Nearly a Thousand Years After the Death of a Star

In 1054 A.D., Chinese astronomers recorded the temporary brightening of a star in the constellation Taurus. Nearly 1000 years later, we look in the same region and see the exploded remnants of a dead star: the Crab Nebula. This composite photograph of the Crab Nebula was made by merging images from Hubble, the Chandra X-Ray Observatory, and the Spitzer Space Telescope. It shows only a hail of high-energy particles and expanding debris cloud that once was a massive star.

According to the folklore of the Celts and other ancient cultures, Halloween marked the midpoint between the autumnal equinox and the winter solstice on the astronomical calendar, a spooky night when spirits of the dead spread havoc upon their return to Earth.

Nowadays, Halloween is primarily a time for children to dress in costume and demand treats, but the original spirit of Halloween lives on in the sky in the guise of the Crab Nebula.

A star’s spectacular death in the constellation Taurus was observed on Earth as the supernova of 1054 A.D. Now, almost a thousand years later, a superdense neutron star left behind by the stellar death is spewing out a blizzard of extremely high-energy particles into the expanding debris field known as the Crab Nebula.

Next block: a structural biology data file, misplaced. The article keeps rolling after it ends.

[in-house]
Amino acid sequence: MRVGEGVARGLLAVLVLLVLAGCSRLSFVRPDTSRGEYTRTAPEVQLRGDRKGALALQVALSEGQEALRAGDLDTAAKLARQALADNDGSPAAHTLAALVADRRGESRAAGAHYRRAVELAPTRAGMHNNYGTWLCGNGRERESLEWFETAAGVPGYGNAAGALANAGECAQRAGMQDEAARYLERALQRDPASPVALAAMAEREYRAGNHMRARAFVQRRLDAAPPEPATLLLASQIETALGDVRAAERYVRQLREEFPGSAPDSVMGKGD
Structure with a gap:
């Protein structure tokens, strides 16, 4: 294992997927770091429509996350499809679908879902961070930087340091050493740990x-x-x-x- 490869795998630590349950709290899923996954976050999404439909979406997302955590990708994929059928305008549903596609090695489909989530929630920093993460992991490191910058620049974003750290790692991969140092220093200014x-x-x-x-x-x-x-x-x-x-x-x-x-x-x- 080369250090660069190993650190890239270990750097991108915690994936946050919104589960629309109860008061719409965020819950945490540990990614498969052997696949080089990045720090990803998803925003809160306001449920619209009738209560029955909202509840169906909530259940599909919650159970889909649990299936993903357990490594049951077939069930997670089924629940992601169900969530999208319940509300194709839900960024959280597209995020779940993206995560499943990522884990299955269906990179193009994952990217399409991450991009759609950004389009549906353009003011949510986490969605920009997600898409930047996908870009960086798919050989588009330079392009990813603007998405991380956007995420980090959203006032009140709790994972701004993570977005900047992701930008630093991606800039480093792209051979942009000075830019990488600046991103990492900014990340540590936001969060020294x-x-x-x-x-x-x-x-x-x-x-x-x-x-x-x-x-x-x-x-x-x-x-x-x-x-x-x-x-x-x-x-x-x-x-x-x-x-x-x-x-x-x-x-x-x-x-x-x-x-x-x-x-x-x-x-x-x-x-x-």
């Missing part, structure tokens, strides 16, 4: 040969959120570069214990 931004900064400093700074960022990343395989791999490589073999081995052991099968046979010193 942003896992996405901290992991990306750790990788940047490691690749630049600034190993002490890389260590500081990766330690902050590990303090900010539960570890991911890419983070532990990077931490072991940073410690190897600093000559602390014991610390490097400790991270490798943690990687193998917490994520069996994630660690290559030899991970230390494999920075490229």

This composite image uses data from three of NASA’s Great Observatories. The Chandra X-ray image is shown in light blue, the Hubble Space Telescope optical images are in green and dark blue, and the Spitzer Space Telescope’s infrared image is in red. The size of the X-ray image is smaller than the others because ultrahigh-energy X-ray emitting electrons radiate away their energy more quickly than the lower-energy electrons emitting optical and infrared light. The neutron star, which has the mass equivalent to the sun crammed into a rapidly spinning ball of neutrons twelve miles across, is the bright white dot in the center of the image.

Original Source: Chandra News Release